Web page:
On Suzy Brandtastic Radio, I interviewed Mallie Rydzik, author, coach and writer of the blog “The Off-Road Millennial.” During our discussion we talked about the state of business today and how millennials approach gaining work experience.
Back in the day when I was in college (School of Visual Arts) learning a trade, it never occurred to me that someday I’d have my own design studio. I learned as much as I could about media communications and design. My expectation when I graduated was to find a job at that trade and over time move up the corporate ladder, having a successful career. After working at a few different publishing companies, I had achieved that goal. Then in 1993, Macmillan Publishing was in financial trouble and most employees lost their jobs due to a takeover, myself included. I had to figure out my next step. My path to entrepreneurship began and I still strive every day to work with the brightest and most innovative people.
I also feel that continued education helps sustain a business over time. You must anticipate what your clients will want and need and be able to give it to them. Then, you either learn or outsource, which helps other businesses grow as well.
Today though, it’s a very different story for students graduating from college. The opportunities they may want aren’t there. Are millennials instead thinking ahead to entrepreneurship by implementing their skills and knowledge by starting their own businesses?
I love the concept of putting millennial entrepreneurs and mentors together, as they each have something to teach the other.
From “Millennial Entrepreneurs Lead The Way: Intelligence, Access, Action” by Kay Koplovitz on Forbes:
This statement speaks to the heart of new technology and understands the current and future social media climate:
…Nanxi Lui went on to describe that her team’s current challenge is educating potential clients that Enplug exists. The digital signage and professional display business is a $14 billion industry and with that great number, comes great competition. As an entrepreneur there will always be competition and this is why human capital is essential for making sure your company’s voice is heard.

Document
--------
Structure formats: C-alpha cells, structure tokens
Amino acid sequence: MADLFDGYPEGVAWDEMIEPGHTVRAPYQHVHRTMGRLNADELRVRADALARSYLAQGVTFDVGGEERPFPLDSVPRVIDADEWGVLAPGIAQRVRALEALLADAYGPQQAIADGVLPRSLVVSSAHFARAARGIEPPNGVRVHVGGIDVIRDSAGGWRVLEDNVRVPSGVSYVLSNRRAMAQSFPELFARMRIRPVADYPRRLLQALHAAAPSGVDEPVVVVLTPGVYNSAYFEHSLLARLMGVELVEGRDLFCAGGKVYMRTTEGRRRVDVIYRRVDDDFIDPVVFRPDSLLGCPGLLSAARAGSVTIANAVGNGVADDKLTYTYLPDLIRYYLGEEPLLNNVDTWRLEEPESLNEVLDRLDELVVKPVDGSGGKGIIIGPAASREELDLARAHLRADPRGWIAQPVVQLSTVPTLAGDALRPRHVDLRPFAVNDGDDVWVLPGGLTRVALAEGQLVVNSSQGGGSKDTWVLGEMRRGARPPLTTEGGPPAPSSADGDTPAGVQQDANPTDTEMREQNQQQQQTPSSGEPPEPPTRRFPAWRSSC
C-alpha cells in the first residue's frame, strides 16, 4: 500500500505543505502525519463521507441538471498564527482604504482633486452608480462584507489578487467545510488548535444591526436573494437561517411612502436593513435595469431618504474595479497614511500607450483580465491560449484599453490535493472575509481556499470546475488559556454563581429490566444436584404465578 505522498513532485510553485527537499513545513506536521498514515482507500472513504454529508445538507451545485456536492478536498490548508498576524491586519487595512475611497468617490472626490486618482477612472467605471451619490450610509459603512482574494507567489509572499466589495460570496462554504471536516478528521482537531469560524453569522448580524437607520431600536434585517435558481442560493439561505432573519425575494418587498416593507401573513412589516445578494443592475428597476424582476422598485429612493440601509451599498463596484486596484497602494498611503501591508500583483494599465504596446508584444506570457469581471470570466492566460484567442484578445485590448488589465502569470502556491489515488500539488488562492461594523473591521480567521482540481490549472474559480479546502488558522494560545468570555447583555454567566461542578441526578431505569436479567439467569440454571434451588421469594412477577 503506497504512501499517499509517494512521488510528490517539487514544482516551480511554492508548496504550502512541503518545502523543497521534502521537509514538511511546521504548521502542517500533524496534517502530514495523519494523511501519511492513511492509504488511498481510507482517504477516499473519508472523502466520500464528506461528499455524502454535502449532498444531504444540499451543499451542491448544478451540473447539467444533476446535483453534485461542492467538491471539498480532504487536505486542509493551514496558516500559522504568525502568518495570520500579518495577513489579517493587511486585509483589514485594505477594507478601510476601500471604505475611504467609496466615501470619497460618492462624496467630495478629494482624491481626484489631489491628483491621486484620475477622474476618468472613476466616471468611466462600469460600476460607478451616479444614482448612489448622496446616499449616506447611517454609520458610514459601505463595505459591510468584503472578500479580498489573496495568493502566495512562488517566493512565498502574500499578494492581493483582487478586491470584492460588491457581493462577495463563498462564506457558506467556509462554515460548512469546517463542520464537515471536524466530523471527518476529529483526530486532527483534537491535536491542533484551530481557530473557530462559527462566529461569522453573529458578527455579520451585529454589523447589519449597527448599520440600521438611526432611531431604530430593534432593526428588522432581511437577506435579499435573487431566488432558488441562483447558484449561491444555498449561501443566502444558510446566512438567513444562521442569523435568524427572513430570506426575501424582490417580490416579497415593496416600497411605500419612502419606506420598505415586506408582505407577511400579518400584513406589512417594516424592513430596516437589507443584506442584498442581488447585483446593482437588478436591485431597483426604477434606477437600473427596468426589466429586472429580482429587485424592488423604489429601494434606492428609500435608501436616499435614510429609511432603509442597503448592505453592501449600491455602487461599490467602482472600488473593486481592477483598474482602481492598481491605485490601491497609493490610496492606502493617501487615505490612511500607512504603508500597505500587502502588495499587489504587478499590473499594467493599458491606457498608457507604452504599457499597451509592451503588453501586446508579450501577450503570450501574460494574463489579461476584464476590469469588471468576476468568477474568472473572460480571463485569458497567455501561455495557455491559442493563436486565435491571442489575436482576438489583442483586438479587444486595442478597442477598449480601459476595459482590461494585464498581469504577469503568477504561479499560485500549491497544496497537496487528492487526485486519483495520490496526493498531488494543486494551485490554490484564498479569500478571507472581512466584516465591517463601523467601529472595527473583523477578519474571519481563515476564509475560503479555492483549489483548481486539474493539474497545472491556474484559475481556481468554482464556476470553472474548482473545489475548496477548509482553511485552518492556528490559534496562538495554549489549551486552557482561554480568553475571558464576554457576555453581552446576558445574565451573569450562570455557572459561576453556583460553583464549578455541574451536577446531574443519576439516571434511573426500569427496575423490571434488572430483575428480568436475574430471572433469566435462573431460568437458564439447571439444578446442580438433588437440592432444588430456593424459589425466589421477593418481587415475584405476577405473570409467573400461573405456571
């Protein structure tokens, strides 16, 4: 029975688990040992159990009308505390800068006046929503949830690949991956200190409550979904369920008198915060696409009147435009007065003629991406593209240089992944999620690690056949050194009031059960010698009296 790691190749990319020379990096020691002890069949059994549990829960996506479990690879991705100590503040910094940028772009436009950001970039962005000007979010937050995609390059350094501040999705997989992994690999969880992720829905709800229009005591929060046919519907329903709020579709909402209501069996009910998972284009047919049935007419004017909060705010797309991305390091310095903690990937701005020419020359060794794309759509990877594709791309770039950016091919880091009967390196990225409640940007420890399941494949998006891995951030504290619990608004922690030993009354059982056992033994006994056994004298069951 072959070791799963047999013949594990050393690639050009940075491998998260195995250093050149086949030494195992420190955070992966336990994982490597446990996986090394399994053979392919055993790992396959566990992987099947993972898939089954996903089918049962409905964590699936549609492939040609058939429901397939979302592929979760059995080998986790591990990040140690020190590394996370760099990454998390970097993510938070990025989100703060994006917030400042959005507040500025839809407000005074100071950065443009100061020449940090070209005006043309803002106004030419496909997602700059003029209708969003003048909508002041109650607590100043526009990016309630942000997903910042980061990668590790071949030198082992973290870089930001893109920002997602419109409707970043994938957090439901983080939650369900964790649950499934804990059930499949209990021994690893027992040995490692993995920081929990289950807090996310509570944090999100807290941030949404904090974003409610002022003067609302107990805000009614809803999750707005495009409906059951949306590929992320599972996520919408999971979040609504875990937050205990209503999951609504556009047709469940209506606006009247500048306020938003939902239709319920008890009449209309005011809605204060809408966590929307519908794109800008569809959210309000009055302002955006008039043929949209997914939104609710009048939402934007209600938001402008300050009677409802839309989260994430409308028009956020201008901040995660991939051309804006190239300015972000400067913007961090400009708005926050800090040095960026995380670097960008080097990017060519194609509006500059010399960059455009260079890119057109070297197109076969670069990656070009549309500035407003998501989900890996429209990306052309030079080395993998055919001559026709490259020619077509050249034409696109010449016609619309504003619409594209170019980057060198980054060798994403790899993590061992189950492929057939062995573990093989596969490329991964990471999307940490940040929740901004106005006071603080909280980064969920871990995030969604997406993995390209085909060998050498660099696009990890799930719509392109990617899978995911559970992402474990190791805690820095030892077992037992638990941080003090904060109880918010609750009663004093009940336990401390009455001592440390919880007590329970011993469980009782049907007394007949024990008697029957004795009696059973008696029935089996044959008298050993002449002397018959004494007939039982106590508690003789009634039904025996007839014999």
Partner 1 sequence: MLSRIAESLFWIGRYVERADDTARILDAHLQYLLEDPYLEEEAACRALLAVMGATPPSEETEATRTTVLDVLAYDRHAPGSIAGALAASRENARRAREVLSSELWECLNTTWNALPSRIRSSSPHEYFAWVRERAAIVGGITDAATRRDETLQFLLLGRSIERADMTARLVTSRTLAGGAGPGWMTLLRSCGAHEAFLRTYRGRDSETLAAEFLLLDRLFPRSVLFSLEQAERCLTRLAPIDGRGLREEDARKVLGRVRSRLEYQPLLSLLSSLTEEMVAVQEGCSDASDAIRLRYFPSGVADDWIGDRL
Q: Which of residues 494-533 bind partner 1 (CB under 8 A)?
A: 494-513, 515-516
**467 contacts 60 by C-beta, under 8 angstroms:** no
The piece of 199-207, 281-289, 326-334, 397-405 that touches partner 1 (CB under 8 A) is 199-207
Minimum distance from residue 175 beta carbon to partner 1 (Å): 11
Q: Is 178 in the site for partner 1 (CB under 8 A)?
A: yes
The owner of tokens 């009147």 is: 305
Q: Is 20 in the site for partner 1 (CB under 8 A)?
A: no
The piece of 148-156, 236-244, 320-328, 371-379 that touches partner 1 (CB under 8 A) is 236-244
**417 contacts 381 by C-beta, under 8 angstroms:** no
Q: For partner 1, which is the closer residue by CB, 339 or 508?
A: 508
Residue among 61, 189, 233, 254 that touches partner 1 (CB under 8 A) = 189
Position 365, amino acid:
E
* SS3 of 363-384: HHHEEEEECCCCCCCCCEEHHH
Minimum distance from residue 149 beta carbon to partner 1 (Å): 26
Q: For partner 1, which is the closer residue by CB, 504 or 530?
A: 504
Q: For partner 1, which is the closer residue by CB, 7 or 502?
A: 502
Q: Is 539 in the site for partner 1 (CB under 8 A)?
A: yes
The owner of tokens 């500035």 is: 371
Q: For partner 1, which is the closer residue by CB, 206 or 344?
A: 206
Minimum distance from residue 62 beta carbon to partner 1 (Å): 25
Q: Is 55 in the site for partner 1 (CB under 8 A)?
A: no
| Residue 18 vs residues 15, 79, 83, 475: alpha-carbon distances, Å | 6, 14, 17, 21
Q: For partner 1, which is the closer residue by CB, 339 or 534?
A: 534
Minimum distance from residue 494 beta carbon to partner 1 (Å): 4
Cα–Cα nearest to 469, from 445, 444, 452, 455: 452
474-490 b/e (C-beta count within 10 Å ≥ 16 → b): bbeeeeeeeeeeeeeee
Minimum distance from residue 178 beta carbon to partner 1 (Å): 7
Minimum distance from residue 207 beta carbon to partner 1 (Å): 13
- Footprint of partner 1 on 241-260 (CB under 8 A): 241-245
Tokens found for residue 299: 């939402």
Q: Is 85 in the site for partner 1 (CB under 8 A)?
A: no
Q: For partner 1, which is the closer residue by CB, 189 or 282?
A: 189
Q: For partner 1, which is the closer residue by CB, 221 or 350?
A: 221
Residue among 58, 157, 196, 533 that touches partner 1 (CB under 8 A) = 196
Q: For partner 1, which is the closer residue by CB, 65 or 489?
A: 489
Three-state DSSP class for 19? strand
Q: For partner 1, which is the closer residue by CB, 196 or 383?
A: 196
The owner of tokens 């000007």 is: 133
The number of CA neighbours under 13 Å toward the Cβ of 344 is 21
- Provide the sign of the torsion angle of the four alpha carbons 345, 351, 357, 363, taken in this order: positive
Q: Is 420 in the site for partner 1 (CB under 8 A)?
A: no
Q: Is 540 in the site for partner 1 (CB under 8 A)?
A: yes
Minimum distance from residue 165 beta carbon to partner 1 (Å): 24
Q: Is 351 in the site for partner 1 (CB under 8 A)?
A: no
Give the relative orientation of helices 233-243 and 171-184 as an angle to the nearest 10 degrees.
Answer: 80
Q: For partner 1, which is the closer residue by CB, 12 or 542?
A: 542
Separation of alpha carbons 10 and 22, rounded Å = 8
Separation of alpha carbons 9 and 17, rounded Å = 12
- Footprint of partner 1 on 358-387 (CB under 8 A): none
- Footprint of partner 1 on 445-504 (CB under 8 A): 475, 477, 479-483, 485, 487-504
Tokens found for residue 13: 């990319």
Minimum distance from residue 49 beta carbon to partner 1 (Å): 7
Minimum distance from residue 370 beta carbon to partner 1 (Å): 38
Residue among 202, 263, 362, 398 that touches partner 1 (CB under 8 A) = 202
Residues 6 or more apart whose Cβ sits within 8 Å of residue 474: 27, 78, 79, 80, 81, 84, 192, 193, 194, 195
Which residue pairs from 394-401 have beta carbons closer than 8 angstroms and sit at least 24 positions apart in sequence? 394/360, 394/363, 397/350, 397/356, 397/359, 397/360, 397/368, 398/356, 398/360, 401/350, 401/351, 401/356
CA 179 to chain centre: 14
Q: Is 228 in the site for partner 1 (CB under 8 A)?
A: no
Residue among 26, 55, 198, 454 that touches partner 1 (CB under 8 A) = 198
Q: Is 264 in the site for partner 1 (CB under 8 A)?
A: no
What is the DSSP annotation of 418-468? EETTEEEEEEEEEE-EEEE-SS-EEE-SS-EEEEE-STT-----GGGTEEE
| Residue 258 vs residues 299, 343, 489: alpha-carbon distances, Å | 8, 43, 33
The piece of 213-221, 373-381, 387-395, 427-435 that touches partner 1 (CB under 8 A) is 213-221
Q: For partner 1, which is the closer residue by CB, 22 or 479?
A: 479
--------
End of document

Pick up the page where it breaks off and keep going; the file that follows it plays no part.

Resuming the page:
In discussing that Kairos Society puts mentors and young entrepreneurs together:
…Every year the Kairos Society selects and supports 50 companies through mentorship, collaboration, and their expansive network of thought leaders and industry experts. To qualify for Kairos50 you must be 1) Under the age of 25, 2) Working on a scalable venture, 3) Providing research that has the potential to make a global impact, and 4) Giving back to the community of like-minded entrepreneurs.
…Diane Brady describes that the role of mentors is to help young entrepreneurs extract their ideas, leverage what they are doing, and connect the dots regarding how they fit within the entrepreneurial ecosystem. Her intense curiosity cultivates a participatory environment for the young entrepreneurs to share ideas, challenges, and to think bigger.
At the heart of our podcast are these simple steps, which help starting and sustaining a business, very clear.
Clarity leads to Action. Once Action is taken, we are able to Reevaluate, which leads us back to Clarity. This system truly works when we Focus.
So, when developing your brand, the goals and mission are translated into the right words, and together with the design and imagery, must communicate what you are selling. State/display your message with focus and clarity, and the target audience will receive it.
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